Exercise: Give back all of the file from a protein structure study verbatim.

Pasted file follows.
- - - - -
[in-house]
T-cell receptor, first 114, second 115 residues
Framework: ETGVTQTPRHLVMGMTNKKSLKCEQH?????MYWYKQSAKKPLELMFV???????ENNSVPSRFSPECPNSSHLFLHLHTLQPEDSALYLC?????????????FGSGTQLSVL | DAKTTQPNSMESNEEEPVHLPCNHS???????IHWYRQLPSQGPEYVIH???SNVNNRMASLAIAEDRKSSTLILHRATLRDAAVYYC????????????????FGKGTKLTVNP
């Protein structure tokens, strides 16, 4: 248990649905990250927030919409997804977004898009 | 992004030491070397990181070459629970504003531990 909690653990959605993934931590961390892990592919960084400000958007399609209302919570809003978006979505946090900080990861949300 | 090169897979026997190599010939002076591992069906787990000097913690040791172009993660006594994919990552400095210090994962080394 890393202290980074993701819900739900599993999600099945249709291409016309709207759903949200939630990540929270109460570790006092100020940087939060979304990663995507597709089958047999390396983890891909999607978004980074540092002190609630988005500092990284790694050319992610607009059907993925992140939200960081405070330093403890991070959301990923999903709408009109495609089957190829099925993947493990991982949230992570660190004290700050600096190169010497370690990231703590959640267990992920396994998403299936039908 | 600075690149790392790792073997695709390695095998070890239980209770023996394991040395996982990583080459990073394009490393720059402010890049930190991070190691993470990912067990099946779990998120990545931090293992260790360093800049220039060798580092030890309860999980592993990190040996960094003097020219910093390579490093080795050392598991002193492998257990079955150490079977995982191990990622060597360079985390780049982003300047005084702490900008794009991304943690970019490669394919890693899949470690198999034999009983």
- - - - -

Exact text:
[in-house]
T-cell receptor, first 114, second 115 residues
Framework: ETGVTQTPRHLVMGMTNKKSLKCEQH?????MYWYKQSAKKPLELMFV???????ENNSVPSRFSPECPNSSHLFLHLHTLQPEDSALYLC?????????????FGSGTQLSVL | DAKTTQPNSMESNEEEPVHLPCNHS???????IHWYRQLPSQGPEYVIH???SNVNNRMASLAIAEDRKSSTLILHRATLRDAAVYYC????????????????FGKGTKLTVNP
């Protein structure tokens, strides 16, 4: 248990649905990250927030919409997804977004898009 | 992004030491070397990181070459629970504003531990 909690653990959605993934931590961390892990592919960084400000958007399609209302919570809003978006979505946090900080990861949300 | 090169897979026997190599010939002076591992069906787990000097913690040791172009993660006594994919990552400095210090994962080394 890393202290980074993701819900739900599993999600099945249709291409016309709207759903949200939630990540929270109460570790006092100020940087939060979304990663995507597709089958047999390396983890891909999607978004980074540092002190609630988005500092990284790694050319992610607009059907993925992140939200960081405070330093403890991070959301990923999903709408009109495609089957190829099925993947493990991982949230992570660190004290700050600096190169010497370690990231703590959640267990992920396994998403299936039908 | 600075690149790392790792073997695709390695095998070890239980209770023996394991040395996982990583080459990073394009490393720059402010890049930190991070190691993470990912067990099946779990998120990545931090293992260790360093800049220039060798580092030890309860999980592993990190040996960094003097020219910093390579490093080795050392598991002193492998257990079955150490079977995982191990990622060597360079985390780049982003300047005084702490900008794009991304943690970019490669394919890693899949470690198999034999009983």